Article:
In this article, we’ll show you the QA perspective of managing local git repository. You’ll also find out how to rebase and clean your branches. Buckle up!
1- Rebasing your branches
Basically, rebasing means updating the branch with the latest code from the master branch. This way, you’ll make sure that you’re not testing outdated code.
Rebasing is usually done when you encounter messages like this one: “The source branch is 28 commits behind the target branch”.
It’s necessary because sometimes the code from the master branch has too many changes, and there might be new bugs that you won’t find when testing an outdated branch.
To do this, you have to open your terminal and enter the following commands. Say, for example, you want to rebase branch XX-1234:
git checkout master git fetch -p origin git checkout XX-1234 git merge origin/master git push origin XX-1234
btw, -p is short for prune. After fetching, it removes any remote-tracking branches which no longer exist on the remote.
After fetching, remove any remote-tracking branches which no longer exist on the remote.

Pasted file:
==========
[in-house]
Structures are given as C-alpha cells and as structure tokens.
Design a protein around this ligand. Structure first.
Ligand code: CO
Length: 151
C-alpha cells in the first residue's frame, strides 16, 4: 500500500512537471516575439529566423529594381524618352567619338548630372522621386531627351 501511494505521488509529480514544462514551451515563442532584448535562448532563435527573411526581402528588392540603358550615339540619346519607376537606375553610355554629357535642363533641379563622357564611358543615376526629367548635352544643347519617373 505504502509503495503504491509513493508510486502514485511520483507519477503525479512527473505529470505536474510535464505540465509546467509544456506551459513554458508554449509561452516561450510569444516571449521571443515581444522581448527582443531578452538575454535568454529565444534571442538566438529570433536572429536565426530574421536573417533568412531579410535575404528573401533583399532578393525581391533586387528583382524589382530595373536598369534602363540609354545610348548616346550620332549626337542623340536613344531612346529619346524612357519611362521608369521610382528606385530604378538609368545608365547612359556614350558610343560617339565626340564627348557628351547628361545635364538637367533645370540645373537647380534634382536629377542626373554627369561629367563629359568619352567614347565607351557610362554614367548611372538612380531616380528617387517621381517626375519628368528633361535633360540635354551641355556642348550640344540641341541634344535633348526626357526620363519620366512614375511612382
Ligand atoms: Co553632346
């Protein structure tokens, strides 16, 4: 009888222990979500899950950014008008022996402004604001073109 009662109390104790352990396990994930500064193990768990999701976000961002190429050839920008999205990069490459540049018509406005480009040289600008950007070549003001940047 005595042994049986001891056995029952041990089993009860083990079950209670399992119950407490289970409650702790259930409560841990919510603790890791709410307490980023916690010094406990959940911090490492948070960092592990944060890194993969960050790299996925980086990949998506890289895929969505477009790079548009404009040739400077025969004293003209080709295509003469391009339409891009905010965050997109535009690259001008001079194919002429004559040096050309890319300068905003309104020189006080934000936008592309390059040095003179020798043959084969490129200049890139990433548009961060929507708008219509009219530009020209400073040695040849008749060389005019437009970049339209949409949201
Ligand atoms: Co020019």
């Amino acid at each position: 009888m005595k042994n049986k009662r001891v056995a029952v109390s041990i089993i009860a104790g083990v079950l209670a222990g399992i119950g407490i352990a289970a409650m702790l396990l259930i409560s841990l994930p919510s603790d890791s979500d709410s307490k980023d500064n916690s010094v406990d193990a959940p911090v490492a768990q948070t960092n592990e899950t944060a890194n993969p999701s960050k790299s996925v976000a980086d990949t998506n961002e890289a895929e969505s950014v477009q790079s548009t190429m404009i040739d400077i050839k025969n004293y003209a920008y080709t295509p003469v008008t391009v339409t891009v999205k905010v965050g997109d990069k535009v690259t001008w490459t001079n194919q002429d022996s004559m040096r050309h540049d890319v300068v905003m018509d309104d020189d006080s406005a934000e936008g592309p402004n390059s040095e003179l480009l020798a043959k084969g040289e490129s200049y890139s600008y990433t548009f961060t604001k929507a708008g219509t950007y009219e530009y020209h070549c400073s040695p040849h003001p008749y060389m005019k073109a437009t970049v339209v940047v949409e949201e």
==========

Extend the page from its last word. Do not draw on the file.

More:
This set of commands will update your local master branch, merge the code from the master branch to your local XX-1234 branch, then push the changes to the remote repository.
2- Cleaning your local branches
Sometimes, if you’re not careful, your local repository might get too crowded with local branches, and use your available disk space.
To prevent it from happening, you should regularly delete your local branches. To do this, you must open your terminal, navigate to your local repository, and enter this command:
git branch | grep -v "master" | xargs git branch -D
It will delete all your local branches, except the master branch and the branch you’re currently on.
To delete only one branch from the local repository, use this command:
git branch -d branch_name
If you need more details about the QA perspective of managing local git repository, meet us here: